Public engagement in science and technology is gaining increasing attention. Societal challenges and advances in science and technology call for new initiatives, platforms and opportunities for engaging the public in non-traditional ways.
This catalogue, produced by the PE2020 project, explores and analyses particularly innovative public engagement practices, and provides a platform for international inspiration and learning in the fast-moving field of public engagement. The catalogue presents detailed case descriptions and first-hand reflections provided by individual case coordinators with particular expertise with the initiative.
This article studies the structure of the energy efficiency service markets in Finland. The research focuses on studying who are the most pioneering users of energy efficiency services. In a previous paper, consumer’s interest in different types of innovative energy efficiency services was identified. Psychographic characteristics were found that describe people according to their leaduserness, skepticism and mass market following behavior.
The aim of the present paper is to fill in the gap and deepen the understanding by studying how the most pioneering users differ from other consumers in the market. We draw on the background of lead user theory by von Hippel (1995) and of diffusion of innovations theory by Rogers (1995) and Moore (1991). The research is based on an empirical survey conducted in Finland in 2013. The results show that the most pioneering users
differ statistically from the mass market consumers.
Matschoss and Kahma (2015). Service interest and cluster membership – Who are the pioneering users in energy efficiency service markets? Nordic Journal of Business 64, 2, 139-159.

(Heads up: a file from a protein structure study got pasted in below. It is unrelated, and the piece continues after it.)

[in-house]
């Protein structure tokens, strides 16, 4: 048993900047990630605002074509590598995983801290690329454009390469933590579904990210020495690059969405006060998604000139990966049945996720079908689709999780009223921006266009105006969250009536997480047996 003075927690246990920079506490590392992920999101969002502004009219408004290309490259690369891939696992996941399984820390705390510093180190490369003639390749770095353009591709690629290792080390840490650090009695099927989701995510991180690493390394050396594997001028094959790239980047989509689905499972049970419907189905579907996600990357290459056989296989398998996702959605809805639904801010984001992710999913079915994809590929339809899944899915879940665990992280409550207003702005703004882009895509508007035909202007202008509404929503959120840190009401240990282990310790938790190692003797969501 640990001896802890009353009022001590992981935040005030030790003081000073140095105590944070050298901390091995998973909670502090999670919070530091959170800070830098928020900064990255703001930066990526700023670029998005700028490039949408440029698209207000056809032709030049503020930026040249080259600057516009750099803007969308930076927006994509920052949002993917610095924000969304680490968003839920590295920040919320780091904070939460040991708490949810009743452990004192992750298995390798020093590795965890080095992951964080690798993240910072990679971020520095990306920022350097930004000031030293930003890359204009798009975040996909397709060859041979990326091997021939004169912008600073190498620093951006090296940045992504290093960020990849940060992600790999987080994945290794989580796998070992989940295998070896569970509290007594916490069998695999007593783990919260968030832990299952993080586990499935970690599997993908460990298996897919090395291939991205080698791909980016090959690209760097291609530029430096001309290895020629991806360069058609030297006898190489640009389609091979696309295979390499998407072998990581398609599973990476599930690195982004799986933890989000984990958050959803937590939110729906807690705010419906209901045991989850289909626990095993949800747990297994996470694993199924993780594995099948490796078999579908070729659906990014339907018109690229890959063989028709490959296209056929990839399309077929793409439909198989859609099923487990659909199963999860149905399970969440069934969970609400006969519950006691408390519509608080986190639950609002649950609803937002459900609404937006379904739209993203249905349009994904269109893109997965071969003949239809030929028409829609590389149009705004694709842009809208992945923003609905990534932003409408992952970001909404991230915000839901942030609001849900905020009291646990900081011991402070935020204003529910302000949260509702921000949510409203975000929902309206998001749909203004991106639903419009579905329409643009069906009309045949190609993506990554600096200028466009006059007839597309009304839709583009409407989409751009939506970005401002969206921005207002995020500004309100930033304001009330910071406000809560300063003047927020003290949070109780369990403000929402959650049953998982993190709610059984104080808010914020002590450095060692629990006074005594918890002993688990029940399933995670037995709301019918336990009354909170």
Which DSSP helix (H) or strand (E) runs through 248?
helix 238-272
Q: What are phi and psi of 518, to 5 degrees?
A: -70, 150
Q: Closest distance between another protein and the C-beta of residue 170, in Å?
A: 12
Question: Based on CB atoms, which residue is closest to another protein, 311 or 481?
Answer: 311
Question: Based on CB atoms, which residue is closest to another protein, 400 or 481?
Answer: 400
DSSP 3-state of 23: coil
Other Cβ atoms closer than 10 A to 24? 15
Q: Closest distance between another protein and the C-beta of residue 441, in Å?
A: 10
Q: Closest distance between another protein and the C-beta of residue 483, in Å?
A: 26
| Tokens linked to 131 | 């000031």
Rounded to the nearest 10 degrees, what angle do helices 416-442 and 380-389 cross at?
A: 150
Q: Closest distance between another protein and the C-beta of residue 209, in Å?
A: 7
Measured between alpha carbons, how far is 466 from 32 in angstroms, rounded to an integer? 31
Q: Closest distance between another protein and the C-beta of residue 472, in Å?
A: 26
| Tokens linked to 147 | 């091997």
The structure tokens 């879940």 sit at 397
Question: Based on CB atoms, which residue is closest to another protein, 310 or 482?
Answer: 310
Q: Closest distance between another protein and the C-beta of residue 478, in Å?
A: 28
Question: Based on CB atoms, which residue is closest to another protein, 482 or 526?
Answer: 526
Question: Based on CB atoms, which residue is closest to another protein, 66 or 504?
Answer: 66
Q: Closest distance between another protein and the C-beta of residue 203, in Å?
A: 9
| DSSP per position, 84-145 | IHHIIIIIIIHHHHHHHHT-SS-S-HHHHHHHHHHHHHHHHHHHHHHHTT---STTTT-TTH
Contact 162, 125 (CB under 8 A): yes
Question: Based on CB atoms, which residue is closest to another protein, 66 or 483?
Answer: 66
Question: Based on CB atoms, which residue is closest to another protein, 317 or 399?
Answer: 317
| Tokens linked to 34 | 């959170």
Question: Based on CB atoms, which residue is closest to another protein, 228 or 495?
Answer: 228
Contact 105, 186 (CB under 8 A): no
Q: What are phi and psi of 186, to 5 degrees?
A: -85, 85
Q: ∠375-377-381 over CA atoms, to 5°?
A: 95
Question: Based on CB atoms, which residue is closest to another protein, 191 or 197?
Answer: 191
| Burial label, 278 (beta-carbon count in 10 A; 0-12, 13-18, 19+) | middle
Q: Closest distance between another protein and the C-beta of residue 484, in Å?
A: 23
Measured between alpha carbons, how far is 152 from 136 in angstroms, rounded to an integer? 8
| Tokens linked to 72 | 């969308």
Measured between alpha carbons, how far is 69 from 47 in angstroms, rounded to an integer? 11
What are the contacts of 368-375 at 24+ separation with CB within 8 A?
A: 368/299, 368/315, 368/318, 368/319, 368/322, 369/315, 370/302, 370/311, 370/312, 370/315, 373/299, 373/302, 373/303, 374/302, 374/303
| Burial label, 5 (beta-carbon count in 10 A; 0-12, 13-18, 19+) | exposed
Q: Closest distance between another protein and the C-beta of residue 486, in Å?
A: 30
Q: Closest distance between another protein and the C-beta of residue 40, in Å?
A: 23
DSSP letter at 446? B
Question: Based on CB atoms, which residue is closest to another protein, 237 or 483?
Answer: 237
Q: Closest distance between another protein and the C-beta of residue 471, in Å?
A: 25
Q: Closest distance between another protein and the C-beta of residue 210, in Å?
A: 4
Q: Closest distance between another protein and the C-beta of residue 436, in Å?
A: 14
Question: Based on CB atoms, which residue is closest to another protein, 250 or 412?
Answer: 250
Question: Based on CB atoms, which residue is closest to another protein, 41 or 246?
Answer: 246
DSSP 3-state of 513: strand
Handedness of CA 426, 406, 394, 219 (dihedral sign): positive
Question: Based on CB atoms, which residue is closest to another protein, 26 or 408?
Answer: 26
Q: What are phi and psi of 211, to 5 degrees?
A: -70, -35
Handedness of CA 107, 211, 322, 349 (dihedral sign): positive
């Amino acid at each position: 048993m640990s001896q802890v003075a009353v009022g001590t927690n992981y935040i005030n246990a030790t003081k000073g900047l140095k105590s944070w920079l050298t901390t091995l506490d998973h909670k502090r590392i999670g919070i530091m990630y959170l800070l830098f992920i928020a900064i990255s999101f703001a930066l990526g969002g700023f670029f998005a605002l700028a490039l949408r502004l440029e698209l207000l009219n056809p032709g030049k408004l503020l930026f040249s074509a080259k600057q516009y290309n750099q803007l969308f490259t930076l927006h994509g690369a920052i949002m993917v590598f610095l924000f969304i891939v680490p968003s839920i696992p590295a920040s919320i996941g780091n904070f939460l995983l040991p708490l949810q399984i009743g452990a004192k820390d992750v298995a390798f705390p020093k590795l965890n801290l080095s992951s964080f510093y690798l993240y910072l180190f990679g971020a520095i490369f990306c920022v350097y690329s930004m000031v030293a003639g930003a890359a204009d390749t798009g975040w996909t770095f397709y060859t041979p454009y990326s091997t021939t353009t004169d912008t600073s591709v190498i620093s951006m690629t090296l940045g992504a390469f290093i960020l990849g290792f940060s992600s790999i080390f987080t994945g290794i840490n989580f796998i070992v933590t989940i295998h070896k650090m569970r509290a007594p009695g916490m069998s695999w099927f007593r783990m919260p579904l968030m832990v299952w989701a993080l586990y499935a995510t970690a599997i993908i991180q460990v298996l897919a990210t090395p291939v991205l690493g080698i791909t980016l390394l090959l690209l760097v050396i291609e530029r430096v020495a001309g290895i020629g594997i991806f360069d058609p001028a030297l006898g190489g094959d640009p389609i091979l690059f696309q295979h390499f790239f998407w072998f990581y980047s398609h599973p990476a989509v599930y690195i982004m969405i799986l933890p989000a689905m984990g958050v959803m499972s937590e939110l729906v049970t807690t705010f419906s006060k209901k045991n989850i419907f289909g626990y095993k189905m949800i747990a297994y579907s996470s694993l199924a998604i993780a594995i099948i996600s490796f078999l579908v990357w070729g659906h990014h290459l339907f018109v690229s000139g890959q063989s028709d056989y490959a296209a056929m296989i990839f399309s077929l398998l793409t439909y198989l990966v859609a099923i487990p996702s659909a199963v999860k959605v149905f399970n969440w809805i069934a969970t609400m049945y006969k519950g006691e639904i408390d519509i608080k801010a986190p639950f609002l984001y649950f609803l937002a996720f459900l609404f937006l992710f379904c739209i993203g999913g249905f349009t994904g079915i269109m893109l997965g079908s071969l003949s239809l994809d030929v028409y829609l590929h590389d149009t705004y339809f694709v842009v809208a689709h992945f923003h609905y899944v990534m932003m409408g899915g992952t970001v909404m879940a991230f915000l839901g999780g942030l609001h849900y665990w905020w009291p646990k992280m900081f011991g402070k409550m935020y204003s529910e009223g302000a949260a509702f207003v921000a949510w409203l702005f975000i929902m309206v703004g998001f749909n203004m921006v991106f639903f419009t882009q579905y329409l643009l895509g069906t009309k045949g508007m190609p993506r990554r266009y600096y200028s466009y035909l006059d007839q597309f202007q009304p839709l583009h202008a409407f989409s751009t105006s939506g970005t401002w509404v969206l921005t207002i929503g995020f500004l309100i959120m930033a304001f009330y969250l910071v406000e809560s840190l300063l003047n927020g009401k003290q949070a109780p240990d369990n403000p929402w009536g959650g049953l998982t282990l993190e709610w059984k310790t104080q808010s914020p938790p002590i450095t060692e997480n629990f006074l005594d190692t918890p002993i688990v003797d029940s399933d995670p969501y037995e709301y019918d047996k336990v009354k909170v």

The take up of innovative services and products has contributed to creative thinking also in terms of new sources of financing. Innovation processes are characterised by constant development, and it is beneficial if models of financing can be aligned to that. Crowdfunding, i.e. collecting finance from publics, has emerged as a new alternative also in the field of sustainable innovation.
This CASI project policy brief looks how crowdfunding relates to EU innovation funding activities (Tregner-Mlinaric, Repo & Matschoss 2015). It introduces crowdfunding as an activity, discusses it in sustainable innovation and argues that the European Commission should enhance its approach to consider crowdfunding as an alternative source of finance for innovation.
You may access the policy brief on crowdfunding and sustainable innovation through this link.
The project “Public Participation in Developing a Common Framework for Assessment and Management of Sustainable Innovation” (CASI) is proposed as a response to one of the Grand Challenges set out in the Horizon 2020 programme of the European Union, namely “Climate action, environment resource efficiency and raw materials”.
It represents an EU-wide cross-sectoral partnership on innovation-related challenges and considers not only the impacts of social and technological innovation, but also the types of actors involved and their inherent interests. It thus effectively integrates the perspectives of civil society, SMEs, industry, policy stakeholders, and leading academics.
This collaboration investigates the scope of sustainable innovation as a societal phenomenon and enables the elaboration of an assessment framework of sustainable innovation practices, whose application can be successfully integrated into public policy developments.
CSRC is running two exciting European projects: CASI (Public Participation in Developing a Common Framework for Assessment and Management of Sustainable Innovation) and PE2020 (Public Engagement Innovation for Horizon 2020). A recent blog post by Kaisa Matschoss summarized a PE2020 report identifying innovative, novel, inclusive, feasible and high-impact methods for public engagement. Check it out: